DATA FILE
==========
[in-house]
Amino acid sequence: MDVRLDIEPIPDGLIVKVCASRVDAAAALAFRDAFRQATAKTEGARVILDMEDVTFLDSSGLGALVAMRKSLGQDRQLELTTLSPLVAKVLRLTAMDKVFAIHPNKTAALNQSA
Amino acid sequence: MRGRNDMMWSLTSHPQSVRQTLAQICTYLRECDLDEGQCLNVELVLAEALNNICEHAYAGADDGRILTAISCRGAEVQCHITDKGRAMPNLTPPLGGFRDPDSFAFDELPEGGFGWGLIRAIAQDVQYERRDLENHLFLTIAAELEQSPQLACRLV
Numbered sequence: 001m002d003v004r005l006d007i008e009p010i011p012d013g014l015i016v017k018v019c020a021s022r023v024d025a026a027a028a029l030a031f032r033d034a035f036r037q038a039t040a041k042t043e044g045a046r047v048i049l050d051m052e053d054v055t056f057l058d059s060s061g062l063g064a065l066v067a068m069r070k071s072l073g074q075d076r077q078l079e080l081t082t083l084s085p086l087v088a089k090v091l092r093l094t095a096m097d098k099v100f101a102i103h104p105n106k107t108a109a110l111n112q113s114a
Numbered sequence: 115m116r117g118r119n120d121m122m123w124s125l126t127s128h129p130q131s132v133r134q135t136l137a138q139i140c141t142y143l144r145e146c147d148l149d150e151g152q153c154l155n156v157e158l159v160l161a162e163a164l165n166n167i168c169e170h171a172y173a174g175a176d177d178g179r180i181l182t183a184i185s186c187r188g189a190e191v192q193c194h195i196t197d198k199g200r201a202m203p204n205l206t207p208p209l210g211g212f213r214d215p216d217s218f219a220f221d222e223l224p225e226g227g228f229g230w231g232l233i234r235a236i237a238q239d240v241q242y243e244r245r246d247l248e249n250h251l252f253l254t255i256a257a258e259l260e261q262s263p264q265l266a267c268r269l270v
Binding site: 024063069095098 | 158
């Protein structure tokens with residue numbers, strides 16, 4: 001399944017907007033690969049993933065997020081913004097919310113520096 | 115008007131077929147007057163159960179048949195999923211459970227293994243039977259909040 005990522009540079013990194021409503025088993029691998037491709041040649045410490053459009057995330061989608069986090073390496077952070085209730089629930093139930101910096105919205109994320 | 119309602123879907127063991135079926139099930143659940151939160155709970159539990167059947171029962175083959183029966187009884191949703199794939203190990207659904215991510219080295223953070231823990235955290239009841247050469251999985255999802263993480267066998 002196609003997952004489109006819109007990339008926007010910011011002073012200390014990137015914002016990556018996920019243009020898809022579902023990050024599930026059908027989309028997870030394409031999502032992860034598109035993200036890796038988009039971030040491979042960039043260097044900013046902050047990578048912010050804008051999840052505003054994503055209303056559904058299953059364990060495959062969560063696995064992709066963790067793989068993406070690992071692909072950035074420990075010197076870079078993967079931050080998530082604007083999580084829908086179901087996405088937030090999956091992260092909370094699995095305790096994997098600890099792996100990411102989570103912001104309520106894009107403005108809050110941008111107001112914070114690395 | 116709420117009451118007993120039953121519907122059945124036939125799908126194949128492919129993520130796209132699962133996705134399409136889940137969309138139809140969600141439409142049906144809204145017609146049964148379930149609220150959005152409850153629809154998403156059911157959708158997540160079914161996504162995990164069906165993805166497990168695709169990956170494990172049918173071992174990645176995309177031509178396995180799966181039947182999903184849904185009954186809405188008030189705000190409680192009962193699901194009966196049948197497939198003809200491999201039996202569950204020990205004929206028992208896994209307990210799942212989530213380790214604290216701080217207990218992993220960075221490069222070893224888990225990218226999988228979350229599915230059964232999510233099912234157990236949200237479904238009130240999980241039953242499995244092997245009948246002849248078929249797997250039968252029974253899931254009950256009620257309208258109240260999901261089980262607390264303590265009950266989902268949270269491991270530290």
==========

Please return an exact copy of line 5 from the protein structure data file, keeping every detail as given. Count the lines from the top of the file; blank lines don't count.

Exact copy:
Numbered sequence: 115m116r117g118r119n120d121m122m123w124s125l126t127s128h129p130q131s132v133r134q135t136l137a138q139i140c141t142y143l144r145e146c147d148l149d150e151g152q153c154l155n156v157e158l159v160l161a162e163a164l165n166n167i168c169e170h171a172y173a174g175a176d177d178g179r180i181l182t183a184i185s186c187r188g189a190e191v192q193c194h195i196t197d198k199g200r201a202m203p204n205l206t207p208p209l210g211g212f213r214d215p216d217s218f219a220f221d222e223l224p225e226g227g228f229g230w231g232l233i234r235a236i237a238q239d240v241q242y243e244r245r246d247l248e249n250h251l252f253l254t255i256a257a258e259l260e261q262s263p264q265l266a267c268r269l270v